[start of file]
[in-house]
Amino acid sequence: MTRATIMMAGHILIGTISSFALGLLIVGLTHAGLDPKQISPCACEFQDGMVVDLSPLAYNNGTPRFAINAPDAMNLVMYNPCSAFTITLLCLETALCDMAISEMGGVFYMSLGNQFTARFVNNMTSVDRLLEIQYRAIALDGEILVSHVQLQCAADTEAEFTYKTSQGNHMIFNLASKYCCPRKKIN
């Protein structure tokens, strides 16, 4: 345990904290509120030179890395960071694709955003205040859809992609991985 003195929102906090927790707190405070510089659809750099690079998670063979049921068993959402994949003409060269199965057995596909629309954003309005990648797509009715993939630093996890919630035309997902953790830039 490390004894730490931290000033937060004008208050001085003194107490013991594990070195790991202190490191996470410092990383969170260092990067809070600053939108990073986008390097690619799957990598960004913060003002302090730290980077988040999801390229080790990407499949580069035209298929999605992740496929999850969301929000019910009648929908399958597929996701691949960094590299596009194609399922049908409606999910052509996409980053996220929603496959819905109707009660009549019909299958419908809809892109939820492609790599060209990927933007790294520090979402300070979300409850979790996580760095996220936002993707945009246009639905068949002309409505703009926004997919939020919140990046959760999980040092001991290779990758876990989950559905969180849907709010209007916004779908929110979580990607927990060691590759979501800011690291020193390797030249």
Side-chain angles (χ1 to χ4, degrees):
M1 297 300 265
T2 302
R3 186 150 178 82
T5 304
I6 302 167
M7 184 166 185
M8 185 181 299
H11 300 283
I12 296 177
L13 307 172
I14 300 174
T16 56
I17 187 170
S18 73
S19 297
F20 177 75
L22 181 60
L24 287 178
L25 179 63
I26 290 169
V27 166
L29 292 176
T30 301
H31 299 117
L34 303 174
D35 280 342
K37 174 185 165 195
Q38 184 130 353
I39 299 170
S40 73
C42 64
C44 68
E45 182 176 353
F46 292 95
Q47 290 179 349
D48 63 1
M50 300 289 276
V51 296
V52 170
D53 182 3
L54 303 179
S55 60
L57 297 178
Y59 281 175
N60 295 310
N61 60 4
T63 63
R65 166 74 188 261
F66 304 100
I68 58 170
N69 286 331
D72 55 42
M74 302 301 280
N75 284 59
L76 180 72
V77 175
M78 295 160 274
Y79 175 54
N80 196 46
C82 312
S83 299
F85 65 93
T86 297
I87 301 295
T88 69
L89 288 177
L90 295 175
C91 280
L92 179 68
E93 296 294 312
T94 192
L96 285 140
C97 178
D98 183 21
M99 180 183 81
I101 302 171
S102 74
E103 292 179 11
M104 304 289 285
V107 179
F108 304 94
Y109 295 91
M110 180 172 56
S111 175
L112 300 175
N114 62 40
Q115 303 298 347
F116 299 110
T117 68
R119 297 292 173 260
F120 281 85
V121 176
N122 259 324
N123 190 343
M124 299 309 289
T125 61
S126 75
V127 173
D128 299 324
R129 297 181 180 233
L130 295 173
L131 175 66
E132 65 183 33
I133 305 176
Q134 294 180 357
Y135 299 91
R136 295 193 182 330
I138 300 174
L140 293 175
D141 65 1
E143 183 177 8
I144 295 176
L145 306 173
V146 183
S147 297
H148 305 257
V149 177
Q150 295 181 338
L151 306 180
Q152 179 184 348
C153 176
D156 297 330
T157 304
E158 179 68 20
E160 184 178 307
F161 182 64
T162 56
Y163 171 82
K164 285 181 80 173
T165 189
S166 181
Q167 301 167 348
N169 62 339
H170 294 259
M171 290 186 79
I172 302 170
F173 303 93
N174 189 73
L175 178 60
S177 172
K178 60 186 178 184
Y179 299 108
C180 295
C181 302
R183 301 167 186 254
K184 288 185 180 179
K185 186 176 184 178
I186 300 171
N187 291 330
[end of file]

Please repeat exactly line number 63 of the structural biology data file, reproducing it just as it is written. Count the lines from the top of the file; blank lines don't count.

N80 196 46